It's a loss that will hurt for a long time, but at least the victim is recovering. The injured party is credit card giant American Express (NYSE:AXP), which early this year failed to agree on terms with Costco Wholesale (NASDAQ:COST) to renew a pair of card exclusivity deals.

In the wake of the divorce, AmEx has been busy drumming up new business. For example, in March it announced it signed an agreement with brokerage Charles Schwab (NYSE:SCHW) to serve as its credit card co-branding partner.

Amex Card By Images Money

Source: Images Money, via Flickr

Better, in the retail sphere, earlier this month it announced its cards would start to be accepted at Sam's Club. This retailer, a unit of Walmart (NYSE:WMT), is kind of a Costco Junior -- it charges customers membership fees to shop in its stores, essentially warehouses stocked with bulk items.

Sam's Club isn't as big and dynamic as Costco, and the deal isn't as sweet. But AmEx investors should be happy about it nevertheless. Here's why.

Chuck, Sam, and beyond
In the wake of the split with Costco, AmEx isn't sitting around mourning for its lost love. Instead, it's acting like a scrappy young company by hustling up some new business.

The Charles Schwab deal was a definite tick in the win column. It's an appropriate customer base for AmEx, as brokerage clients by and large tend to be affluent and financially solvent.

Sam's Club, of course, is a much different animal. It's a retailer, first of all, and secondly its customer base is generally not overly wealthy -- it consists of bargain seekers looking for deals on bulk items.

It's a similar business profile to Costco, although the two retailers are not equals. Sam's Club took in around $58 billion in revenue last year, essentially flat from the 2013 figure and only a bit higher than the 2012 figures.

Meanwhile, Costco's fiscal 2014 top line was nearly double that of its rival at $113 billion, which was 7% higher than the preceding year's result, and 14% above the 2012 tally.

Further, shaking hands with Sam means only that AmEx cards will be accepted at the warehouses; unlike its collaboration with Costco, the company won't enjoy any kind of exclusivity at the register, nor will it co-brand a Sam's Club card.

So the deal should not, even distantly, be considered a replacement for the Costco arrangement. But I view it optimistically regardless -- it's a sure sign that AmEx can and will eventually fill that hole.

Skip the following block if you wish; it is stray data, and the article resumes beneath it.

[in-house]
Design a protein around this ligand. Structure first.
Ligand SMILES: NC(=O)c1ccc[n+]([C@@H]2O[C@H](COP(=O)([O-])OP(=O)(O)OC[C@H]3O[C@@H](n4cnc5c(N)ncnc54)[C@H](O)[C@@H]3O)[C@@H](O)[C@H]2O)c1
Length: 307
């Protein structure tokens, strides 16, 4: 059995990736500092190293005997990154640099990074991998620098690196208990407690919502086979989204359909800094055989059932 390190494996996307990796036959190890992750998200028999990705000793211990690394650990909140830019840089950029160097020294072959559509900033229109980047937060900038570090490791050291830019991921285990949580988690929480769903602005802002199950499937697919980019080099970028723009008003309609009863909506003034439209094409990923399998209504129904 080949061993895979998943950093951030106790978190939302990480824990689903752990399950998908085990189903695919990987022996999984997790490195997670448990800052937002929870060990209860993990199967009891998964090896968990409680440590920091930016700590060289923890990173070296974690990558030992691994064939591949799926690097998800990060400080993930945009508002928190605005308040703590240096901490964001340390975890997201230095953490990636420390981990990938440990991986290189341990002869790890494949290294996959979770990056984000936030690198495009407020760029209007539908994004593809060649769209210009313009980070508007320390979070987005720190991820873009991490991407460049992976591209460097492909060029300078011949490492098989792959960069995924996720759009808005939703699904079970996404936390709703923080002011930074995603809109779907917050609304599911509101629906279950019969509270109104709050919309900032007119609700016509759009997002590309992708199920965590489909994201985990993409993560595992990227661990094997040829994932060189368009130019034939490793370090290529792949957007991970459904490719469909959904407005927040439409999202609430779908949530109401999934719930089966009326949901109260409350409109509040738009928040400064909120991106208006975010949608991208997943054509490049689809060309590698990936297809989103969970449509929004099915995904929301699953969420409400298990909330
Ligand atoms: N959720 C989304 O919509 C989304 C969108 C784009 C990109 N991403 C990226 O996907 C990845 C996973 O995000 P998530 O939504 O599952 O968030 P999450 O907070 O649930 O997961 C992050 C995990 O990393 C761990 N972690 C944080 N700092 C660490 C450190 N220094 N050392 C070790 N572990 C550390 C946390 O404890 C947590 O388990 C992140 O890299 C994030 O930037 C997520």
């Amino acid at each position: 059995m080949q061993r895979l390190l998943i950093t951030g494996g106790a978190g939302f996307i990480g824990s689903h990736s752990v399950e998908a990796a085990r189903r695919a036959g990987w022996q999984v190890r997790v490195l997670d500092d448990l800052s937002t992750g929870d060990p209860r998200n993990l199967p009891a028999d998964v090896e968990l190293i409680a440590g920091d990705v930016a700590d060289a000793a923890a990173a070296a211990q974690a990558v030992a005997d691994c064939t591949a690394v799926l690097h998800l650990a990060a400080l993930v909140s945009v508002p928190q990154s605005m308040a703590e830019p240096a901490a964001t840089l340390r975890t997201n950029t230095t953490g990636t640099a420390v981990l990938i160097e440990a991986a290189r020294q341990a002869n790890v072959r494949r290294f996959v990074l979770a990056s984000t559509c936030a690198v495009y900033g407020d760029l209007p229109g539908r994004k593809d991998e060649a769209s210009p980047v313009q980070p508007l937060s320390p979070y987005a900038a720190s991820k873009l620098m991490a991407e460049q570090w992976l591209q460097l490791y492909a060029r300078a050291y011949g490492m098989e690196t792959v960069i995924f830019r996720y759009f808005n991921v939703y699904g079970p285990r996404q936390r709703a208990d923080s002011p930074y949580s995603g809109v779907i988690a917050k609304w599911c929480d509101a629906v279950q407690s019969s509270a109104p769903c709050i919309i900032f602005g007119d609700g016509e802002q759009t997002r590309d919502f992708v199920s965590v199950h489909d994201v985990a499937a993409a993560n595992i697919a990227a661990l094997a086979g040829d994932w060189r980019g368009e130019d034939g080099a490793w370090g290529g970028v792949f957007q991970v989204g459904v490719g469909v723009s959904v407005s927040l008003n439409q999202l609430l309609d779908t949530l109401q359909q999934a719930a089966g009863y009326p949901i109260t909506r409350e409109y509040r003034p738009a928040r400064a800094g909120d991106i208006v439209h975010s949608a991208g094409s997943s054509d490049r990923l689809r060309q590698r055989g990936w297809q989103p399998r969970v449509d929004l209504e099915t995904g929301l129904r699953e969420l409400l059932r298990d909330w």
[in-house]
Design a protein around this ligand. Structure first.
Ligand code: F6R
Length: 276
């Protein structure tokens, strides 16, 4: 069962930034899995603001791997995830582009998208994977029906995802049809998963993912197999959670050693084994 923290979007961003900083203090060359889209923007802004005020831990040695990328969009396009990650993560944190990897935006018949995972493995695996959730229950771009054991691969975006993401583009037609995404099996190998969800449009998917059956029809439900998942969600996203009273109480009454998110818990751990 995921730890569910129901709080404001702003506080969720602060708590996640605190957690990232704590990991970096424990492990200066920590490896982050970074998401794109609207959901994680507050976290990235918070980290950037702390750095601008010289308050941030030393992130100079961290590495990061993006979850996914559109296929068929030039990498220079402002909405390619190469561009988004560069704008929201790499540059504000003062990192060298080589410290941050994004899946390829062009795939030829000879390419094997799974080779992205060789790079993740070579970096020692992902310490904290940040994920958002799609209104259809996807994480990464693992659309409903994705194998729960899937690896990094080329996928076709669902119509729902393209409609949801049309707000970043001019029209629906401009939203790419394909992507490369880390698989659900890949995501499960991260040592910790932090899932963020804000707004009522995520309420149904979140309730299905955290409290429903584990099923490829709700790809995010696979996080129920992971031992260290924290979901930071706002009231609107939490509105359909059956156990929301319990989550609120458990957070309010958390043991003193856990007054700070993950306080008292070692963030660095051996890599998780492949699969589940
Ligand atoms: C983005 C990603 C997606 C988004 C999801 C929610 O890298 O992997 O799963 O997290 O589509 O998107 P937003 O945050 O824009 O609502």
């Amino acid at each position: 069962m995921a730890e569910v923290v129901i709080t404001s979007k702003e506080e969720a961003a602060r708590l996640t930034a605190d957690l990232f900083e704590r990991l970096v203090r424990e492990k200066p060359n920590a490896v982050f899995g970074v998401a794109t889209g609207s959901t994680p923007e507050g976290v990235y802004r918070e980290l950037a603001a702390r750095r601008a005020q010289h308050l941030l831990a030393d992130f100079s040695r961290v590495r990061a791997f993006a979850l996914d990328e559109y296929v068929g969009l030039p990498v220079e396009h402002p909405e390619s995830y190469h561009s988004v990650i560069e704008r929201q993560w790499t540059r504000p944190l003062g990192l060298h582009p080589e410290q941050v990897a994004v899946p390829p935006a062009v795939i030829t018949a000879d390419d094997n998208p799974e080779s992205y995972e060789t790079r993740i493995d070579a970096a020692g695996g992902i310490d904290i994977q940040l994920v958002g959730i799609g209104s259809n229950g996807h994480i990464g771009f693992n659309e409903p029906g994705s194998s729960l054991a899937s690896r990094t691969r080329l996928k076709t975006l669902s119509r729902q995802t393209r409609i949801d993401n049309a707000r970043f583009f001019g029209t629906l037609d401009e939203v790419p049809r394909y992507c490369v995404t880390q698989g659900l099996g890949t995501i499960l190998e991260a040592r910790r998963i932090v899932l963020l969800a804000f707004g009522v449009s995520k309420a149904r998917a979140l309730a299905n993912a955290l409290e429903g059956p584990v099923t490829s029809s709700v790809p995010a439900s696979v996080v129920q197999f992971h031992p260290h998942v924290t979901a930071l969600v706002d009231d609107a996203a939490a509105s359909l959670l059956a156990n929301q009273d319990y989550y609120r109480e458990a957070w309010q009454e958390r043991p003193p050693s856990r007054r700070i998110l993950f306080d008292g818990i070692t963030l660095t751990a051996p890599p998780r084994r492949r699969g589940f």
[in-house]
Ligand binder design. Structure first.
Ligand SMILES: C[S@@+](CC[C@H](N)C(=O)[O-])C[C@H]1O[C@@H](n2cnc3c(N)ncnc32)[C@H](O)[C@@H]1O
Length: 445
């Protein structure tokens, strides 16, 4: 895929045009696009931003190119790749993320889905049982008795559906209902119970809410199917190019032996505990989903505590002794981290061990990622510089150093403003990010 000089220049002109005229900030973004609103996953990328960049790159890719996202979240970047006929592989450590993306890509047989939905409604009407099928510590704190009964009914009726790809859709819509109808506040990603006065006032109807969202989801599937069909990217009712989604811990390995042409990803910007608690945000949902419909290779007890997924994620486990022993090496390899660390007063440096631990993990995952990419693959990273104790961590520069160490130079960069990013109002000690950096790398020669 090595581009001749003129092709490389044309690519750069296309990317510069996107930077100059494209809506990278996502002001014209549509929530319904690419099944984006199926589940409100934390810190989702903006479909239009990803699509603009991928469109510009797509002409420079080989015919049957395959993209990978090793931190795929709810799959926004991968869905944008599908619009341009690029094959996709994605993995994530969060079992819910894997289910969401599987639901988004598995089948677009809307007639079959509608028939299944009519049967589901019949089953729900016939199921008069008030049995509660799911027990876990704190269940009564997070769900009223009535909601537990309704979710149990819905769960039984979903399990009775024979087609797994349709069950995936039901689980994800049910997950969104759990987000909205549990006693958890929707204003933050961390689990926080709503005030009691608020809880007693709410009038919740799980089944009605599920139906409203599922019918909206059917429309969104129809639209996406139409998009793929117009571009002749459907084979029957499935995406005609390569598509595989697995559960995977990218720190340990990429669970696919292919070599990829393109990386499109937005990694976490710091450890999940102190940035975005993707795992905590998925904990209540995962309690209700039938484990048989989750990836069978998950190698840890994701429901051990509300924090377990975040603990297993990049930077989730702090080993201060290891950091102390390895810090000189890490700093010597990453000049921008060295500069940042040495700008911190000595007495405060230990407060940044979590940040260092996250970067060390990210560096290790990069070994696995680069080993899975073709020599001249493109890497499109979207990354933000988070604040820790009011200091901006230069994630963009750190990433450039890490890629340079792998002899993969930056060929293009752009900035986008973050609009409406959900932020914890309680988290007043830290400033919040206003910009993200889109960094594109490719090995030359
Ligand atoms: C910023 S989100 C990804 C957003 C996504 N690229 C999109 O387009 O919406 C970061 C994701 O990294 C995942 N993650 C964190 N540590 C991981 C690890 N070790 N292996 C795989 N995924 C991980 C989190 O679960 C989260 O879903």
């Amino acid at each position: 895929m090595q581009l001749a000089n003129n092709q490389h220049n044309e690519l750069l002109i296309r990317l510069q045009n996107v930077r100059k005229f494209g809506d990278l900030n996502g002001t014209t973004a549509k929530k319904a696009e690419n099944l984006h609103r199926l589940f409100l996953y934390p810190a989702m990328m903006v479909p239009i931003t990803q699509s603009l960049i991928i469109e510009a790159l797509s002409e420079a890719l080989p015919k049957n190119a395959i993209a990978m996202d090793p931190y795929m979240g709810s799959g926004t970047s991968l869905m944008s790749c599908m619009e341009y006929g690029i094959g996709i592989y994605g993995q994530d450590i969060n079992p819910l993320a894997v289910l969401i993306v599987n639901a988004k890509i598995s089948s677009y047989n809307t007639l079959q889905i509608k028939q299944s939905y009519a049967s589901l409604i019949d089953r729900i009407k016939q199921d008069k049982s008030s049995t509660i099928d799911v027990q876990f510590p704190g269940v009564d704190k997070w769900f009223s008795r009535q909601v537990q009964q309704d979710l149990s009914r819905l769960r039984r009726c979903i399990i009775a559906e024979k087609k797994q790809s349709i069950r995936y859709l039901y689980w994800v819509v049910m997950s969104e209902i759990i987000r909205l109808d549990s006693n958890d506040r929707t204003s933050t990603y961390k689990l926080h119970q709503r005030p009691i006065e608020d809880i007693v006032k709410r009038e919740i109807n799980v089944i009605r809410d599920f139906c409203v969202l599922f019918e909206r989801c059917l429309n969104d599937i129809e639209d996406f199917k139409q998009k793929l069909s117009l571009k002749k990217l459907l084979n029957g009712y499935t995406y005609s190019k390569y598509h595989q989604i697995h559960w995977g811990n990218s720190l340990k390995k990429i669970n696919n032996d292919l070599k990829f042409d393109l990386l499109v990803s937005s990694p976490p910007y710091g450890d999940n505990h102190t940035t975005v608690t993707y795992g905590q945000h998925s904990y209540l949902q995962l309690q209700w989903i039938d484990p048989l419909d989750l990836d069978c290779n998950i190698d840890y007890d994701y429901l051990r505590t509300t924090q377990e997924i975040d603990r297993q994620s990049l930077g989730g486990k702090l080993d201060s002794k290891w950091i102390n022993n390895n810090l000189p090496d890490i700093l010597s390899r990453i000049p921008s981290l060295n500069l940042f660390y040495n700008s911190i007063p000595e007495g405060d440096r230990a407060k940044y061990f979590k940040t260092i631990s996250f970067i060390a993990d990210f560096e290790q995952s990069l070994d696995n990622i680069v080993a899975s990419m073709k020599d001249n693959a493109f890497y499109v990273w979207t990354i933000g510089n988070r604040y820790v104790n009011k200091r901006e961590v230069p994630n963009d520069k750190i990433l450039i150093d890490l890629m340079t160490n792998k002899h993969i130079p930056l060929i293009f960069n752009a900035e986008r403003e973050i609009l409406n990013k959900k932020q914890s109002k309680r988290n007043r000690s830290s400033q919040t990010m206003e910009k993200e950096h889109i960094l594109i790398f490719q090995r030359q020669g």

A Chuck Schwab here, a Sam's Club there; AmEx has prestige, clout, and obviously an effective sales effort to win new partners. Companies still want to do business with it, even if it costs them a bit more (AmEx typically charges higher fees than its rivals).

What helps is that the company has developed a range of products that can appeal to various segments of the consumer borrowing market. Its traditional cards, with their perks and rewards in exchange for higher fees, hit the more affluent segments.

Meanwhile it's slowly but surely building its pre-paid cards business. These products are finding their niche with younger consumers, or shoppers on a relatively tight budget.

Profitable recovery
No one gets over a sudden, sharp break-up quickly. Since the day the AmEx/Costco split was formally announced, the card giant's stock price is down by about 4%, while that of Visa is up by nearly 5%.

For AmEx, neither the Charles Schwab deal nor the Sam's Club arrangement moved the needle much on the stock price; investors, it seems, are still stung by the Costco loss (which will hit especially hard at the end of next March, when the arrangement formally expires).

They shouldn't be. It's becoming increasingly clear that AmEx is getting on with its life, and I'd bet that battered share price will rise higher the more effectively it continues to do so.

Eric Volkman has no position in any stocks mentioned. The Motley Fool owns and recommends Costco Wholesale, and recommends American Express. Try any of our Foolish newsletter services free for 30 days. We Fools may not all hold the same opinions, but we all believe that considering a diverse range of insights makes us better investors. The Motley Fool has a disclosure policy.